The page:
ciation. 21 But a car accountant employed by a terminal railway
company to check up the cars that come into the common yard is
not a fellow servant of a locomotive-engineer of one of the com-
panies using the yard under an arrangement with the terminal com-
pany, where, in taking an account of the cars, he is not acting for
the railroad company but is acting for the terminal company, and
there is no common superior having control of all persons engaged

Mich. 289; s. c. 47 N. W. Rep. 571. another car for the purpose of re-
See also, Taylor v. Missouri Pac. moving it from the yard: Atchison
R. Co. (Mo.), 16 S. W. Rep. 206 &c. R. Co.' v. Meyers, 76 Fed. Rep.
(no off. rep.) (yardmaster with 443; s. c. 46 U. S. App. 226; 22 C. C.
general charge of a railway-yard A. 268.

not a fellow servant of a member "Houston &c. R. Co. v. Talley,

of a switching crew employed in 15 Tex. Civ. App. 115; s. c. 39 S.

the yard). On the other hand, W. Rep. 206.

where a "foreign car" was retained "East St. Louis &c. R. Co. v.

in the yards of a railway company. O'Hara, 59 111. App. 649.

after it had been ordered to be re- *°New York Ac. R. Co. ▼. Hyde,

turned as defective, by the yardmas- 56 Fed. Rep. 188; s. c. 5 C. C. A

ter, or by crews in the yard, this 461.

was deemed an act of a fellow serv- " Beuhrlng v. Chesapeake 6c. R.

ant of a switchman injured while Co., 37 W. Va. 502; s. c. 16 S. E.

attempting to couple such car to Rep. 435.

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about the yards, — the reason being that he and the engineer are
servants of different masters. 22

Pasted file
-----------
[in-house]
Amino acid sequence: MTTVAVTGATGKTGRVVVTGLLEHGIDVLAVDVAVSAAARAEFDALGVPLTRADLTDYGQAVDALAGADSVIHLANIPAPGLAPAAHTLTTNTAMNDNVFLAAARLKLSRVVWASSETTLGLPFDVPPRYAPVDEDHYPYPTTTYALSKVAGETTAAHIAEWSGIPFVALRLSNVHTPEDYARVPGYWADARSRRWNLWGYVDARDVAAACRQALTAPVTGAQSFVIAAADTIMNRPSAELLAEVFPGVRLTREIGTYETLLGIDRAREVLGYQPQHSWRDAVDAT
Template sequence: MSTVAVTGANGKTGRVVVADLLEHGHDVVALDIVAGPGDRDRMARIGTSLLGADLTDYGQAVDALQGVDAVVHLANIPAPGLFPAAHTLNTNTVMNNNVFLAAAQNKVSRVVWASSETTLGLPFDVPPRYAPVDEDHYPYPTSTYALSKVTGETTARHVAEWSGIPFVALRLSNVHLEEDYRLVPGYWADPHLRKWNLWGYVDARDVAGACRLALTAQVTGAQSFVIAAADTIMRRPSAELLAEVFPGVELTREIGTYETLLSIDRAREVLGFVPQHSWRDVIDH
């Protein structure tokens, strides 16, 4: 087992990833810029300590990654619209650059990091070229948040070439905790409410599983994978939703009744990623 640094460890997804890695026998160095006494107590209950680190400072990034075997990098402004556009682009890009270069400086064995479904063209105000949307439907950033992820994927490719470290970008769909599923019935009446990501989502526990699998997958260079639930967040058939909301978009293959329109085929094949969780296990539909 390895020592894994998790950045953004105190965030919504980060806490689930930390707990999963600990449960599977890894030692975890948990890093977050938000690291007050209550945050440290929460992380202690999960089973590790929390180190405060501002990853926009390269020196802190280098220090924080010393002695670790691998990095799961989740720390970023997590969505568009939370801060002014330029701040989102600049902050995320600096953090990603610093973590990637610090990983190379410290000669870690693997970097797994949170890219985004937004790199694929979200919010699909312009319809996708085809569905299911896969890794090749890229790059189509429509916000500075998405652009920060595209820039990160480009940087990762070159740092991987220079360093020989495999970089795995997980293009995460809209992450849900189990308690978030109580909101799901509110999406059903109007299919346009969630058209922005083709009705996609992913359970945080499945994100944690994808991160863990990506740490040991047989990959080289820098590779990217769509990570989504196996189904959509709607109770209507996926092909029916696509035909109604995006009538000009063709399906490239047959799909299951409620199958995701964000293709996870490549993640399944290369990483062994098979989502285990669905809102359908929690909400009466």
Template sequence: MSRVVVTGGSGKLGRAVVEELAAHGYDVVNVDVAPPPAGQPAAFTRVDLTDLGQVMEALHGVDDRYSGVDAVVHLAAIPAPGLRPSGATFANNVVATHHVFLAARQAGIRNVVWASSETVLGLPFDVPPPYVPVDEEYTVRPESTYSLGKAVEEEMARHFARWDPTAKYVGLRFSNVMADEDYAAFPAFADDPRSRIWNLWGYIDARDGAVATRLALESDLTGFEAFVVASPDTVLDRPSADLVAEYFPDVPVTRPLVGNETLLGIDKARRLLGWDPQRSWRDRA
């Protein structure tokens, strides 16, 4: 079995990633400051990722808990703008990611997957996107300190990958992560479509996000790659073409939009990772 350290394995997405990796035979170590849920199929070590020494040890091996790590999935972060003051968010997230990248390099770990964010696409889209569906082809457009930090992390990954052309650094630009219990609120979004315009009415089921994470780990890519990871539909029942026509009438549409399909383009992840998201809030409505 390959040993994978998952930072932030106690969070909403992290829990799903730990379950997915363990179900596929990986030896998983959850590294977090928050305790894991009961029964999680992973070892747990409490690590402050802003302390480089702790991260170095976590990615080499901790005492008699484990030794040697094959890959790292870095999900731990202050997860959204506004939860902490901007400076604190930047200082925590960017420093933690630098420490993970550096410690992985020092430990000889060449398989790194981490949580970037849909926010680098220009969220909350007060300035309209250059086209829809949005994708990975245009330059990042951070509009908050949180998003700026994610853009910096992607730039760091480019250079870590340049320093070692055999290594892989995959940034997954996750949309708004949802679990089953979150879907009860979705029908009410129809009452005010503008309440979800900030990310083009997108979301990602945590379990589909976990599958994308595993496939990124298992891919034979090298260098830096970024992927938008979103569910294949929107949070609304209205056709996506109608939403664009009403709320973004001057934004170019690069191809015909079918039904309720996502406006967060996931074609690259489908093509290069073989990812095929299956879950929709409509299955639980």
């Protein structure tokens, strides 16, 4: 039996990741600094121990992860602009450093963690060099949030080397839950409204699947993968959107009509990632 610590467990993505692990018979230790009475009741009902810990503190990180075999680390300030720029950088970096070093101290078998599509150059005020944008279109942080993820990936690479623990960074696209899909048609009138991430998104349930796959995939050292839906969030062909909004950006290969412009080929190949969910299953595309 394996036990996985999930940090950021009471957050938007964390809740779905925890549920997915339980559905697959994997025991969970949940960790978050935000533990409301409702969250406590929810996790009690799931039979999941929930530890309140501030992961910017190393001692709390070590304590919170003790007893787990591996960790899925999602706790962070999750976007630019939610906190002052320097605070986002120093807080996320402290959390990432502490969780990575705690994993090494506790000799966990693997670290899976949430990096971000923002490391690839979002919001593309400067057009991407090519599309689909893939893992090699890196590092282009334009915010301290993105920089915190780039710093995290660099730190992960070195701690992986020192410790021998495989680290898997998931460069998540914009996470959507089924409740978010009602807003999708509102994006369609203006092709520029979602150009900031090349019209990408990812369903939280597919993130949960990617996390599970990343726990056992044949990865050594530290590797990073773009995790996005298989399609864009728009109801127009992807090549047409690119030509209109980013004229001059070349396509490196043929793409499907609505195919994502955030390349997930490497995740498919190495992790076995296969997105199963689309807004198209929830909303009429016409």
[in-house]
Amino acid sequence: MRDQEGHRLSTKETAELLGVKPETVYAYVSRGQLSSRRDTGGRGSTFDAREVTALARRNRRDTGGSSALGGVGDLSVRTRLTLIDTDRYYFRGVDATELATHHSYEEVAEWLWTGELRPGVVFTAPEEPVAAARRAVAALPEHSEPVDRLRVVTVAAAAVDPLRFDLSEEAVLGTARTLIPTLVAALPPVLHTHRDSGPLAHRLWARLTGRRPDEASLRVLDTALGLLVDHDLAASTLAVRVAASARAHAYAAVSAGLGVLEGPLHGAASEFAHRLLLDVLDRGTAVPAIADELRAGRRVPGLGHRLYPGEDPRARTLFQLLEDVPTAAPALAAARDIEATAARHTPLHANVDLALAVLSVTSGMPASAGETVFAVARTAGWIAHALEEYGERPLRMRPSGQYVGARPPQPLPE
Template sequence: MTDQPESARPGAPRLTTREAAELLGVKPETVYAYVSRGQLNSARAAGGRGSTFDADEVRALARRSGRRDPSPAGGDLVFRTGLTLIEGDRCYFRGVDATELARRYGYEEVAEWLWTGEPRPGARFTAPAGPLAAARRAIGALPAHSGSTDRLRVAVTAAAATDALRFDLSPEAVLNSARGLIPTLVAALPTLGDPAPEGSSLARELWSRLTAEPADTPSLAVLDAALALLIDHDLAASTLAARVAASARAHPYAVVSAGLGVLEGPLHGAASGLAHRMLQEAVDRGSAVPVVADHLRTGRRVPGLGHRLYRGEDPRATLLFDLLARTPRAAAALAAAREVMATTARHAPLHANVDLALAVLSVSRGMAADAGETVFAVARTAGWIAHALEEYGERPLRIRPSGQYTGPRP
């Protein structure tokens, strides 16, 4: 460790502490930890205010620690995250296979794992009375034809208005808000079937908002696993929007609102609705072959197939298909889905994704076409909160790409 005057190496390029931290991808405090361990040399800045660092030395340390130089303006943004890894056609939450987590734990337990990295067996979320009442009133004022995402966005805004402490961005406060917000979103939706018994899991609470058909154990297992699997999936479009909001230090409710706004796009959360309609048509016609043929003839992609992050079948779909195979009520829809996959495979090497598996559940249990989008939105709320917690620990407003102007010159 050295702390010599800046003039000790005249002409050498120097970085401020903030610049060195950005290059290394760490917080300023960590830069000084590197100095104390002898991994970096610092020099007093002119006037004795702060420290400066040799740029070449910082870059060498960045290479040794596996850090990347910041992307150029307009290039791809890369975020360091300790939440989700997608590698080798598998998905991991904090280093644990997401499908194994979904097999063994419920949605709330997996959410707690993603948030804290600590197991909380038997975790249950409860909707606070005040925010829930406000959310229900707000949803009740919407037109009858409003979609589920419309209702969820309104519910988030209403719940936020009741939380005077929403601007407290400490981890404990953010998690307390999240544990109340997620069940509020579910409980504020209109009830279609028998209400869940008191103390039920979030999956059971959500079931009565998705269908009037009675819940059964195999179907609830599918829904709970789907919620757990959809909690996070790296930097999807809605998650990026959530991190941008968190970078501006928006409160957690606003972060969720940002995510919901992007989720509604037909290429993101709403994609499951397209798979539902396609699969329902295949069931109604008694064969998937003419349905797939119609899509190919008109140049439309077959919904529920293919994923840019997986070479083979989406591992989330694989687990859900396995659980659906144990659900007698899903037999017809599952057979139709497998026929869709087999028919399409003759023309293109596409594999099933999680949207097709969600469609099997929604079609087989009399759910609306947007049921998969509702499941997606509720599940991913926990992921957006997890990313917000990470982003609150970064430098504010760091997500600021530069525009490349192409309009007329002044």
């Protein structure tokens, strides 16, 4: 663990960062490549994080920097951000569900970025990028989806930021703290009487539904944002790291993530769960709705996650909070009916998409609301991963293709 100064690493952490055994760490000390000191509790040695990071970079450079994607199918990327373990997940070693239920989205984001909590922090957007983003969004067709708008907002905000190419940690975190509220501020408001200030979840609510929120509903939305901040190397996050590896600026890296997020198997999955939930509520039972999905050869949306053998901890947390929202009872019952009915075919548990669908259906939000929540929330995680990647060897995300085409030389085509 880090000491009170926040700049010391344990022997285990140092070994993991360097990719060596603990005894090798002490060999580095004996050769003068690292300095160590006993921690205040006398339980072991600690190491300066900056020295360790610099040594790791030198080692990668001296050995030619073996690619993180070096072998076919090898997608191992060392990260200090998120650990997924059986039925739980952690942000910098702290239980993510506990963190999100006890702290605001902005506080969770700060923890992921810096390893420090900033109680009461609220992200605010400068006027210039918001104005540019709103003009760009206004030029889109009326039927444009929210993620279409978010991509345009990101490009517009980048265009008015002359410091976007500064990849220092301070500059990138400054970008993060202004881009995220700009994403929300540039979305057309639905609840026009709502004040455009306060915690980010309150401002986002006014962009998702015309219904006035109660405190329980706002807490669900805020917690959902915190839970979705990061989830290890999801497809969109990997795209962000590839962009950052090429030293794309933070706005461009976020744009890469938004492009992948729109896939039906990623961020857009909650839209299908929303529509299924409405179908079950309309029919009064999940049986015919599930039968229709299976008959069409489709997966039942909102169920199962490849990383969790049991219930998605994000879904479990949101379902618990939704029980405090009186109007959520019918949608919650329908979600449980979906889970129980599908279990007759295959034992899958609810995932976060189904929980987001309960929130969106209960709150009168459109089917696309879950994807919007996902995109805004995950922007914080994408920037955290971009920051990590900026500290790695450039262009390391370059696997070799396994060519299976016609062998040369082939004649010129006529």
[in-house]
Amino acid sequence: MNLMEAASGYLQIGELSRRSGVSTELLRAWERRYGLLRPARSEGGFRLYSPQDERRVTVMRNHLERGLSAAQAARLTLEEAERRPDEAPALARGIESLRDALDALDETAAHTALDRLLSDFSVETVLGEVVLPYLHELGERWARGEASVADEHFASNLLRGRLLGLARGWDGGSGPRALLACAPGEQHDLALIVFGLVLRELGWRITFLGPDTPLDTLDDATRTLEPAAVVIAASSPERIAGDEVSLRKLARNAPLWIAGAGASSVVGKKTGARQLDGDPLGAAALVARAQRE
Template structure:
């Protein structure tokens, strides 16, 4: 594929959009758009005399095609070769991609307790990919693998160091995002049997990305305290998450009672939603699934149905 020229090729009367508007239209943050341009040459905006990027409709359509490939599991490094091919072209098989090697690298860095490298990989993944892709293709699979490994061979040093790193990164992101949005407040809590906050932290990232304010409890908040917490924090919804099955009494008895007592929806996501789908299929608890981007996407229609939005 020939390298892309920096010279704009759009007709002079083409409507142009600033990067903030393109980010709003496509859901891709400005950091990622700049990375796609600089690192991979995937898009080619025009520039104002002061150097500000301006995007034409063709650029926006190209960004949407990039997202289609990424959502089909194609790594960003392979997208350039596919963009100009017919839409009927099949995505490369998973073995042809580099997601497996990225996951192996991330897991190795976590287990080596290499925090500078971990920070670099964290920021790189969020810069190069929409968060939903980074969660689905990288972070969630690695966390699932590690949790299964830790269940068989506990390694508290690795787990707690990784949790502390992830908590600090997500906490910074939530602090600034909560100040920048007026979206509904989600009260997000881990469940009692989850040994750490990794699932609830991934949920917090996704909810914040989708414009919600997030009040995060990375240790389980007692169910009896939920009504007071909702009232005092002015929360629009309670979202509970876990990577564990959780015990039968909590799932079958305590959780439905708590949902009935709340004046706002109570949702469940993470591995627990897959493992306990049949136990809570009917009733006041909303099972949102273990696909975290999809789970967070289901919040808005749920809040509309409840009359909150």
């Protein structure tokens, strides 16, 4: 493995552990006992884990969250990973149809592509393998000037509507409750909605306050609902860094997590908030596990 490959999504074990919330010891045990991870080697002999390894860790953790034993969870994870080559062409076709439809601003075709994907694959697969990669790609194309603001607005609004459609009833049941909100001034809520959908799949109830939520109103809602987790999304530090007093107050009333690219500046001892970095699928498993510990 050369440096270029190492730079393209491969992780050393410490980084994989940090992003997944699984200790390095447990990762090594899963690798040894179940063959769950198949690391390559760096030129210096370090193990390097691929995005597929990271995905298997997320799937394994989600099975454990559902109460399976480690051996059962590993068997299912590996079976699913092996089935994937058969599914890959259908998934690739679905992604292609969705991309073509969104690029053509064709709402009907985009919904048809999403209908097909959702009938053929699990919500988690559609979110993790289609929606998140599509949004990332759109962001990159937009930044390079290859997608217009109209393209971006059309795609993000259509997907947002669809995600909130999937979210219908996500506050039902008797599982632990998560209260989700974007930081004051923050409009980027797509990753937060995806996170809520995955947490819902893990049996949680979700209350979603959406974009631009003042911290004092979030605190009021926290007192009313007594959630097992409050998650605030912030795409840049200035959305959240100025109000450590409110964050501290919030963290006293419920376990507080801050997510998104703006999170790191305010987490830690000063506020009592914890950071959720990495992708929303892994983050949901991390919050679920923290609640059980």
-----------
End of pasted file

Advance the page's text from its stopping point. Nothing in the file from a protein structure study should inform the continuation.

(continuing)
§5077. Carpenter in Switch- Yard and Engineer.— A carpenter
employed in a railway switch-yard is not a fellow servant of a loco-
motive-engineer. 28

§ 5078. Yard Conductor and Fireman. — A yard conductor whose
duty it is to take care of a switch in the railway-yard is a fellow
servant of a fireman on a train who is injured by the negligence of
the yard conductor in leaving the switch open. 24

§ 5079. Yardmaster and. Yard-Foreman — It has been held (but-
the view is believed to be untenable) that a railway yardmaster, who
is made responsible for the condition of the yards at the terminus
of a division of the road, who directs the incoming and the starting
of trains, who is authorized to employ and discharge men, but who,
at the same time, is subject to the orders of the superintendent and
trainmaster, — is but a fellow servant of the foreman of a switching-
gang employed in the yard under him. 25

§ 5080. Yardman and Trainmen. — A yardman engaged in sweep-
ing snow from the tracks in the yard, and an engineer and brakeman
engaged in the yard in switching cars, are fellow servants, 60 that if
the yardman is injured by the negligence of the engineer or brake-
man, he cannot recover damages from the company. 26

§ 5081. Yardmaster or Yard-Foreman, and Yard-Helper or Yard-
Hand. — These are generally regarded as fellow servants when working
together in a railway yard, so that if the inferior servant is injured

B Northern Pac. R. Co. v. Craft, "Corcoran v. New York &c. R.

69 Fed. Rep. 124; s. c. 16 C. jC. A. Co., 46 App. Div. (N. Y.) 201; 8.

175; 29 U. S. App. 687. c. 61 N. Y. Supp. 672. But an en-

"Egmann v. East St. Louis 6c. gineer in charge of a road-engine
R. Co., 65 111. App. 345; s. c. on which is temporarily in a railroad-
former appeal, sub nom. East St. yard for the purpose of taking out
Louis &c. R. Co. v. Eggmann, 58 a train, is not a fellow servant of
111. App. 69. the foreman and members of the

24 Parker v. New York &c. R. Co., yard-crew under him, under Tex.

18 R. I. 773; s. c. 30 Atl. Rep. 849. Rev. Stat. 1895, art. 4560g: Mis-

18 Thomas v. Cincinnati Ac. R. souri &c. R. Co. v. Whitelock, 16

Co., 97 Fed. Rep. 245. To the same Tex. Civ. App. 176; s. c. 41 S. W.

effect, see Cincinnati &c. R. Co. v. Rep. 407. Compare Texas &c. R.

Gray, 41 C. C. A. 535; s. c. 101 Fed. Co. v. Harrington, 62 Tex. 597

Rep. 623; 50 L. R. A. 47 (general (where a contrary conclusion is

yardmaster and a yard-foreman are reached, but at common law),
fellow servants).